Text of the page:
Ross Brawn retires

Ross Brawn goes fishing. The 68-year-old British engineer leaves his position as Formula 1 sports director in search of a long-awaited retirement. He can be considered one of the architects of the 2022 sports regulations, the spending ceiling for teams or sprint races, and has been the sports arm of Liberty Media since 2017, when they took over the commercial rights to the championship. Already in Abu Dhabi, the last race of the course, his intentions to take a step back were known. In a group with journalists he talked about it, about his next vacation. “It is time to retire, I will watch the races from the sofa”, published this Monday in the official Web of Formula 1.

“Most of the work has been done, now it is a period of consolidation,” argues Brawn, referring to the budget cap, “a very significant step for F1, a very complex system”; but he also talks about the new weekend format, “the sprint has refreshed the weekend and there will be six in 2023 ″. But above all he talks about a generation of single-seaters, “a great technical change” with a new mentality: “Facilitate the competition.” “It was a huge emotion to see two or three cars fight for position from the first race in 2022, we had not seen it many times. Now you can run hard for several laps behind a car without much trouble.

“We had great races this year, Red Bull started with the wrong foot and they suffered at the beginning, and Ferrari was very strong. Although then we saw Red Bull back. The best thing was the tight competition, the entertainment, the emotions in so many races. We saw very good races. Max cemented his status as world champion with a strong performance from Red Bull; Ferrari took another step forward and they are to be congratulated on the progress. The two runners-up are a good platform to start next year. I hope that in the coming years we will see the rest of the teams fight for the top-3, it would be the icing on the cake for F1″, he sums up the season that has already ended.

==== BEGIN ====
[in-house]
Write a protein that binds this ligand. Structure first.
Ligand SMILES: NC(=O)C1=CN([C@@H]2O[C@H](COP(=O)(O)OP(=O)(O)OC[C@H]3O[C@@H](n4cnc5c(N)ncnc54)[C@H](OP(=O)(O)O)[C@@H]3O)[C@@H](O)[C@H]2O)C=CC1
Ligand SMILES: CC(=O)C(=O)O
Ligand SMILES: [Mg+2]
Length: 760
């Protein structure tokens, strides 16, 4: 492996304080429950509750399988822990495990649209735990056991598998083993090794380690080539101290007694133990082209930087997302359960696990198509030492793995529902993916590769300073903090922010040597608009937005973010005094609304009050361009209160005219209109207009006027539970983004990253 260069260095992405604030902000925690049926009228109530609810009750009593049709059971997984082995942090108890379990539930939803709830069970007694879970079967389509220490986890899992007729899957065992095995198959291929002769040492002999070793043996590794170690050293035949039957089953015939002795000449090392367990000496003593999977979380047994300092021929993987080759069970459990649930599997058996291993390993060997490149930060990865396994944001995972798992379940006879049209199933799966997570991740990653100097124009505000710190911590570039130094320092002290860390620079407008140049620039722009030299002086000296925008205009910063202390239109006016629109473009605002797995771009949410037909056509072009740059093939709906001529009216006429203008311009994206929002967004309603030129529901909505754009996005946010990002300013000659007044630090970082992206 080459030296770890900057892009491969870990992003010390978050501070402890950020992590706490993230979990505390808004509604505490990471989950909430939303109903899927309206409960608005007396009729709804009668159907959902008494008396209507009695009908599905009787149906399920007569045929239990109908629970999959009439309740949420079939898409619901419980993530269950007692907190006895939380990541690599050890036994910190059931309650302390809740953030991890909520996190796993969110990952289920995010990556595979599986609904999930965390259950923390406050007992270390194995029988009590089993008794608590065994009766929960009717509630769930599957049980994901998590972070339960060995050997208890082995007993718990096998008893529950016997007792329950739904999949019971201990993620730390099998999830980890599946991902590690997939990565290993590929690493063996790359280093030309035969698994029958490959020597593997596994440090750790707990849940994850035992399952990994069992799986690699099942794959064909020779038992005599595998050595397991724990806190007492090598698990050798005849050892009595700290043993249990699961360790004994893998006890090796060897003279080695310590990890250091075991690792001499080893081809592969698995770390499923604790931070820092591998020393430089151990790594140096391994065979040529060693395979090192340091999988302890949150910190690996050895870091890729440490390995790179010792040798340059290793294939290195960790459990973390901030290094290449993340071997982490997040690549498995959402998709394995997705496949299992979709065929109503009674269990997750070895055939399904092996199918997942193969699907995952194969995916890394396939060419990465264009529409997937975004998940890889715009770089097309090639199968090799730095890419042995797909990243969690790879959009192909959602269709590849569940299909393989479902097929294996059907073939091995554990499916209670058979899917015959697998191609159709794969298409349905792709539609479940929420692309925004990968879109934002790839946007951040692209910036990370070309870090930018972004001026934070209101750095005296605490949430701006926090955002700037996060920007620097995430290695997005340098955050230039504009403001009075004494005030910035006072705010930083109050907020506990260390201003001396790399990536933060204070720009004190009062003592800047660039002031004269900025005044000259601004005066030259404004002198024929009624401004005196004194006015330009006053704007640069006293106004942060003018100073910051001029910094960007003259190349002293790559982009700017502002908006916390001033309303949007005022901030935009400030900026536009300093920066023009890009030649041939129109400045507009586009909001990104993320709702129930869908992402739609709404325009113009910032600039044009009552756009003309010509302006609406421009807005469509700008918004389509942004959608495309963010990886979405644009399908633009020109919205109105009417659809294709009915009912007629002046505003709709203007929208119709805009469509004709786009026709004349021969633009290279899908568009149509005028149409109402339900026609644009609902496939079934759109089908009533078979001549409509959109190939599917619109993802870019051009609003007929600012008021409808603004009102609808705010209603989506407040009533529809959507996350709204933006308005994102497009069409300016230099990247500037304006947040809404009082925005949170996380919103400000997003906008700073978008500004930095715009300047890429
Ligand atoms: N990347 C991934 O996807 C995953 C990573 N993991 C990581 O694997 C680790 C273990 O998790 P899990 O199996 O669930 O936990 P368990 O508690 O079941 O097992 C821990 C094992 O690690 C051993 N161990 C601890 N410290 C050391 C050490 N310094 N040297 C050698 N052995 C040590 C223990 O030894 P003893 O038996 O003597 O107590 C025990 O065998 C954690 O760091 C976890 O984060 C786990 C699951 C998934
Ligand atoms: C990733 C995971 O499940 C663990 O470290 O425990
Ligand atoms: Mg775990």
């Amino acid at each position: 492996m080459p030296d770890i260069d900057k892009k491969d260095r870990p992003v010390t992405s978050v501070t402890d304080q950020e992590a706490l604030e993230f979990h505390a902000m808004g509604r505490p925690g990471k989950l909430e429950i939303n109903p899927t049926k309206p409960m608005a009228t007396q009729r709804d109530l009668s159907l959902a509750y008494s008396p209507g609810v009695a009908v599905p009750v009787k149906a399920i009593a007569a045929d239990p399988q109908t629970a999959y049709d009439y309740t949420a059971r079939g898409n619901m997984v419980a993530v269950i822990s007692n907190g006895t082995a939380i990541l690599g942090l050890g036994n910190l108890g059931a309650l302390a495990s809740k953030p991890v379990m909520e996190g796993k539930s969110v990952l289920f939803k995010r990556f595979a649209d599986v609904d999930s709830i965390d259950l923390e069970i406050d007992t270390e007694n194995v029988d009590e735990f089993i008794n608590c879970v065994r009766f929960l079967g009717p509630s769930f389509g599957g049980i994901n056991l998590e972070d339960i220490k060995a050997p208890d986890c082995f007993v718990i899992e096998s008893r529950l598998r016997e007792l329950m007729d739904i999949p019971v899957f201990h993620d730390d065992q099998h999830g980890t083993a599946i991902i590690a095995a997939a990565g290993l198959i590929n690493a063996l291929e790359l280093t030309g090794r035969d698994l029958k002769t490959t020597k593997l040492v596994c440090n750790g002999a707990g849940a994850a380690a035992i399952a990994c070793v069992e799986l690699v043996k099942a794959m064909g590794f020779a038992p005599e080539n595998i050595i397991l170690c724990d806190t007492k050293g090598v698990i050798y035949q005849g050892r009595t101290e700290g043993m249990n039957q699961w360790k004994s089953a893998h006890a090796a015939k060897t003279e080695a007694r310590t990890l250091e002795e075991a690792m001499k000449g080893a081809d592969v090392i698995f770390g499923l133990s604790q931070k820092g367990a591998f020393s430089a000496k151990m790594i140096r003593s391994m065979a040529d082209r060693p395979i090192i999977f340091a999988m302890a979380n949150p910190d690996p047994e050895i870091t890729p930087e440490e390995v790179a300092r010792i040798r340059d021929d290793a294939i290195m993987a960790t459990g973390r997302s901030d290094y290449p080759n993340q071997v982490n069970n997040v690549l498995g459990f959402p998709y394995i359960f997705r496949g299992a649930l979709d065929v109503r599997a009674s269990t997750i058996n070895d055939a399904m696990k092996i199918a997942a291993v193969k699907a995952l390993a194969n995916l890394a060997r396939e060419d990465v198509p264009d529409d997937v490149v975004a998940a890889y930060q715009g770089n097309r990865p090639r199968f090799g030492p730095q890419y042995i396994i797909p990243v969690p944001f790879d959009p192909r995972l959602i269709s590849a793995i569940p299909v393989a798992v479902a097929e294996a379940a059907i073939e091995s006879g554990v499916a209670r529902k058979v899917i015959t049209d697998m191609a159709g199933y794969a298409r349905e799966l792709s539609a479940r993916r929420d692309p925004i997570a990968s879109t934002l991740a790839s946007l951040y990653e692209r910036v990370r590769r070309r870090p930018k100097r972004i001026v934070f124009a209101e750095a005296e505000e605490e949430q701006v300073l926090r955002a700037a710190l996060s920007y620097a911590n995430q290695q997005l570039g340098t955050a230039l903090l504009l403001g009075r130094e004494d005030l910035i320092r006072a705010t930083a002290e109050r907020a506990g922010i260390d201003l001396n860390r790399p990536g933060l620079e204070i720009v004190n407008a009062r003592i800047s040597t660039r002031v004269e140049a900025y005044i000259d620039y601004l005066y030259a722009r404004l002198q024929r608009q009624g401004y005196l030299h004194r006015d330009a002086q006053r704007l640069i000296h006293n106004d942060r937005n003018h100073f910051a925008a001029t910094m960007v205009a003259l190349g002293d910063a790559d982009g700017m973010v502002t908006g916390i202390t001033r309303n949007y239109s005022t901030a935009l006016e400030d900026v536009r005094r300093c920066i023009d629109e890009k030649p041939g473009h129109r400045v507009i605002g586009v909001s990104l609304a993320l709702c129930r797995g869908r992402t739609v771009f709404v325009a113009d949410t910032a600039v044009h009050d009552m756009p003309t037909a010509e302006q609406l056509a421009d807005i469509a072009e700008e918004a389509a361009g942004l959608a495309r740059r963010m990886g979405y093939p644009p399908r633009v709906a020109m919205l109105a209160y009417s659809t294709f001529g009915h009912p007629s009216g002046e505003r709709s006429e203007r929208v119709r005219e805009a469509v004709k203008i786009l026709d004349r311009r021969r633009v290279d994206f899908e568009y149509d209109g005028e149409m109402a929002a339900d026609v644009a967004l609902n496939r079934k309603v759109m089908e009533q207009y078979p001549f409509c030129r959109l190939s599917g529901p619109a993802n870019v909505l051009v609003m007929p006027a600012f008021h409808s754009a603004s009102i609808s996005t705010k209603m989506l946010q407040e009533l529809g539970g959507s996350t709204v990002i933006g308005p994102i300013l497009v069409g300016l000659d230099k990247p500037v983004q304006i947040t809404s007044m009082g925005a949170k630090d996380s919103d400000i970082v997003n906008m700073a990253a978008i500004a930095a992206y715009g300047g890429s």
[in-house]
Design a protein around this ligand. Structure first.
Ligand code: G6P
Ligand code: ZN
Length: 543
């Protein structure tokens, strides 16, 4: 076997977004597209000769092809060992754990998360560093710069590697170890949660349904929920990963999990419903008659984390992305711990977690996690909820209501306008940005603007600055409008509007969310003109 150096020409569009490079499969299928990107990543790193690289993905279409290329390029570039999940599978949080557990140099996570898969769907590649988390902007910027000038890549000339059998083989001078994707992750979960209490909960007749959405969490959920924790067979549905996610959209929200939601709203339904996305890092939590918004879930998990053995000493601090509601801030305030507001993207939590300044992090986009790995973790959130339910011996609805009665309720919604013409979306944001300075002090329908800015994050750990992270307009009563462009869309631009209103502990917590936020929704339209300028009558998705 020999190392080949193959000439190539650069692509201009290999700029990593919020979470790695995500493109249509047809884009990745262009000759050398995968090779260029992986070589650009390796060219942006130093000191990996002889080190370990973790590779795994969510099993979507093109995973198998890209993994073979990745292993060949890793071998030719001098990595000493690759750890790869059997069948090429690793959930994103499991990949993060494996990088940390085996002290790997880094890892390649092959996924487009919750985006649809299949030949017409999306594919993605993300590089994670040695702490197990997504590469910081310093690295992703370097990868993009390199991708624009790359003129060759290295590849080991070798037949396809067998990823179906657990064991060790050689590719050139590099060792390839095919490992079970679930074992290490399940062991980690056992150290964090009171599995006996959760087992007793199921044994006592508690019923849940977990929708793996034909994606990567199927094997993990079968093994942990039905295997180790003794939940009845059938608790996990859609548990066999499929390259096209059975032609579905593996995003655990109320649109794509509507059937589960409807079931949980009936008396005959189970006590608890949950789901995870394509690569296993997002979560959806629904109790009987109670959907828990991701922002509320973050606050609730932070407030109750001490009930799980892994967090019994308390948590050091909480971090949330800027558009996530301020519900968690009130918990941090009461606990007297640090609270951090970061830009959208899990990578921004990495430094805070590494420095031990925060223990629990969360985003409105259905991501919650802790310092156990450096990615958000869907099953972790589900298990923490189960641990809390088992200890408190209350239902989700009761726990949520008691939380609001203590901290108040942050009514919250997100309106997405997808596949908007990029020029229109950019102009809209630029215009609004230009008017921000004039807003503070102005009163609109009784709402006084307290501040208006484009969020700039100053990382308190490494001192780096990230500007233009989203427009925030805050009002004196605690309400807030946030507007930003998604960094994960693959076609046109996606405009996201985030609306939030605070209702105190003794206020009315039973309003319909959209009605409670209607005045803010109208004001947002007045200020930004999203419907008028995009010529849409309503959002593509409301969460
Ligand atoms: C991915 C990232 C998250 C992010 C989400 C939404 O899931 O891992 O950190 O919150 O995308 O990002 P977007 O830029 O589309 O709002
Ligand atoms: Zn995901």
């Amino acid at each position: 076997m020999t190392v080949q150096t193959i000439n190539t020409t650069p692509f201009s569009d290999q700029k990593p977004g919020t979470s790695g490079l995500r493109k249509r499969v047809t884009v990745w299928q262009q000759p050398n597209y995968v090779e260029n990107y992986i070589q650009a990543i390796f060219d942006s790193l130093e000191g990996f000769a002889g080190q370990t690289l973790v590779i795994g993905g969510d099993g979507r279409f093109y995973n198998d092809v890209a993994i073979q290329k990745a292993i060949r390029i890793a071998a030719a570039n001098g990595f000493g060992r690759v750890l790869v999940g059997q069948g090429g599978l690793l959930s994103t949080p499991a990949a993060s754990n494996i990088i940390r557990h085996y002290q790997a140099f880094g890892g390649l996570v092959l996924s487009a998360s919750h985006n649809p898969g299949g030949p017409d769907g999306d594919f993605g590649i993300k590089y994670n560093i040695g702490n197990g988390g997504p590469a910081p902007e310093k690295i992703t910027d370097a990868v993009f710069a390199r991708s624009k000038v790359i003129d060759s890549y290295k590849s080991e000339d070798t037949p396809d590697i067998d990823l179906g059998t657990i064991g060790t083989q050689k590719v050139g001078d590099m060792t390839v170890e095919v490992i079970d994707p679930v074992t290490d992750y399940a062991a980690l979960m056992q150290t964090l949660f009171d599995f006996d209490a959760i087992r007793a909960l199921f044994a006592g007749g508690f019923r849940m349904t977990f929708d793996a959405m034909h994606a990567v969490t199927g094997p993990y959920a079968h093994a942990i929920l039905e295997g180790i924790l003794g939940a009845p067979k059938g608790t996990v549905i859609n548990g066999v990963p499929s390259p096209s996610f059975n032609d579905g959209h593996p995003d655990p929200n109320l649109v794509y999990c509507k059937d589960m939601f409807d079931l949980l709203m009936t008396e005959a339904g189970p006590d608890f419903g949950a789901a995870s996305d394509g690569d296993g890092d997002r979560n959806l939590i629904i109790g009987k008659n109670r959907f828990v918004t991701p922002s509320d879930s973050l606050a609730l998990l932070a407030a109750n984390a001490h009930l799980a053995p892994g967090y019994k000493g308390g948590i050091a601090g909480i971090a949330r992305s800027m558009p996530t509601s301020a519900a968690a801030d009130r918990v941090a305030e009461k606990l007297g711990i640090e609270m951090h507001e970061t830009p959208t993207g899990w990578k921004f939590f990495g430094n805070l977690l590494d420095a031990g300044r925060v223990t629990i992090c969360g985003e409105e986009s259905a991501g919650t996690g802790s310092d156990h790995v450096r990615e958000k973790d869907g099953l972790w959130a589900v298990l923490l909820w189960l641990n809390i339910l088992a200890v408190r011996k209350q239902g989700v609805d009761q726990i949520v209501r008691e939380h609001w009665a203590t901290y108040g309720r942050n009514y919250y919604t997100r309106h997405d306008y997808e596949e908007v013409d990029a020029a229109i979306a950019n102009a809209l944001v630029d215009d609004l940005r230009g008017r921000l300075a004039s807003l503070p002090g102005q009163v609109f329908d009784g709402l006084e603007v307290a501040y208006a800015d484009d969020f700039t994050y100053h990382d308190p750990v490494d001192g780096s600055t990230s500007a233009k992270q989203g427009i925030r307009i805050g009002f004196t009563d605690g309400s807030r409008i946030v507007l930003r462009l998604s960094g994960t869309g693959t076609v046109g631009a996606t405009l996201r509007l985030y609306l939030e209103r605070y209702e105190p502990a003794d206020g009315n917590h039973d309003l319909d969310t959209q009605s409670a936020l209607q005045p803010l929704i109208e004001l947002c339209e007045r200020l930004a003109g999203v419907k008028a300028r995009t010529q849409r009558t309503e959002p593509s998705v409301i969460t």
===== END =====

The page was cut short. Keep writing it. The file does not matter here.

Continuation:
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Brawn began his racing career in 1976 and has been technical director of Benetton, Ferrari and Honda, and owner of Brawn GP (which he swept in 2009) before progressively ceding control of the team to Mercedes. He interrupted his retirement in 2017 at the call of Chase Carey and Liberty Media, the company that bought F1 to give it a deep face lift. Now, after setting the foundations of what will be the Great Circus in the short and medium term, he is leaving.

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